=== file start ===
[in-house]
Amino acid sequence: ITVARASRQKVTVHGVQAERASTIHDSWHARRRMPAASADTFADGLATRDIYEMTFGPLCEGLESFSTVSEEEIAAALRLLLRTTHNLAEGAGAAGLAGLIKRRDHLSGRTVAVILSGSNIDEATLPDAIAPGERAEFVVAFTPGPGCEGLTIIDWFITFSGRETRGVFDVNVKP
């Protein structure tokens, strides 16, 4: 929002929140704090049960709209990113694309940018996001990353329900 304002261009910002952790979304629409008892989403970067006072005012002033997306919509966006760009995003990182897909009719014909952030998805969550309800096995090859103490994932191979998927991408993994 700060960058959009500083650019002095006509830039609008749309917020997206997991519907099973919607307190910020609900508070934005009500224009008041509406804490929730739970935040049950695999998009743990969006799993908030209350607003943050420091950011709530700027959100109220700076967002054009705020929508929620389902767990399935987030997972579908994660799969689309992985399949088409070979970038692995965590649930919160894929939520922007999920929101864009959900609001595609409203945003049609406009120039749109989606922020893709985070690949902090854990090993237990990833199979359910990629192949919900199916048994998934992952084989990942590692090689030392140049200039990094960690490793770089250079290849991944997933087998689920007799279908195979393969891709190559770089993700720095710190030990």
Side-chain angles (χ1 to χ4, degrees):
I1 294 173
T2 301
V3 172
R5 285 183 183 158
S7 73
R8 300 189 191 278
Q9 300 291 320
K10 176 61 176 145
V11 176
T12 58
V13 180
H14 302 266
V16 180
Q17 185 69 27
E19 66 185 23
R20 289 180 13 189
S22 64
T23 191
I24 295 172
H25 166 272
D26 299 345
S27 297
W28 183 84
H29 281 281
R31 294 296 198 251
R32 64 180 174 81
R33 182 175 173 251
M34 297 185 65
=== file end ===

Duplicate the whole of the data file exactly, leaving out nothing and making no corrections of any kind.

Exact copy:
[in-house]
Amino acid sequence: ITVARASRQKVTVHGVQAERASTIHDSWHARRRMPAASADTFADGLATRDIYEMTFGPLCEGLESFSTVSEEEIAAALRLLLRTTHNLAEGAGAAGLAGLIKRRDHLSGRTVAVILSGSNIDEATLPDAIAPGERAEFVVAFTPGPGCEGLTIIDWFITFSGRETRGVFDVNVKP
């Protein structure tokens, strides 16, 4: 929002929140704090049960709209990113694309940018996001990353329900 304002261009910002952790979304629409008892989403970067006072005012002033997306919509966006760009995003990182897909009719014909952030998805969550309800096995090859103490994932191979998927991408993994 700060960058959009500083650019002095006509830039609008749309917020997206997991519907099973919607307190910020609900508070934005009500224009008041509406804490929730739970935040049950695999998009743990969006799993908030209350607003943050420091950011709530700027959100109220700076967002054009705020929508929620389902767990399935987030997972579908994660799969689309992985399949088409070979970038692995965590649930919160894929939520922007999920929101864009959900609001595609409203945003049609406009120039749109989606922020893709985070690949902090854990090993237990990833199979359910990629192949919900199916048994998934992952084989990942590692090689030392140049200039990094960690490793770089250079290849991944997933087998689920007799279908195979393969891709190559770089993700720095710190030990």
Side-chain angles (χ1 to χ4, degrees):
I1 294 173
T2 301
V3 172
R5 285 183 183 158
S7 73
R8 300 189 191 278
Q9 300 291 320
K10 176 61 176 145
V11 176
T12 58
V13 180
H14 302 266
V16 180
Q17 185 69 27
E19 66 185 23
R20 289 180 13 189
S22 64
T23 191
I24 295 172
H25 166 272
D26 299 345
S27 297
W28 183 84
H29 281 281
R31 294 296 198 251
R32 64 180 174 81
R33 182 175 173 251
M34 297 185 65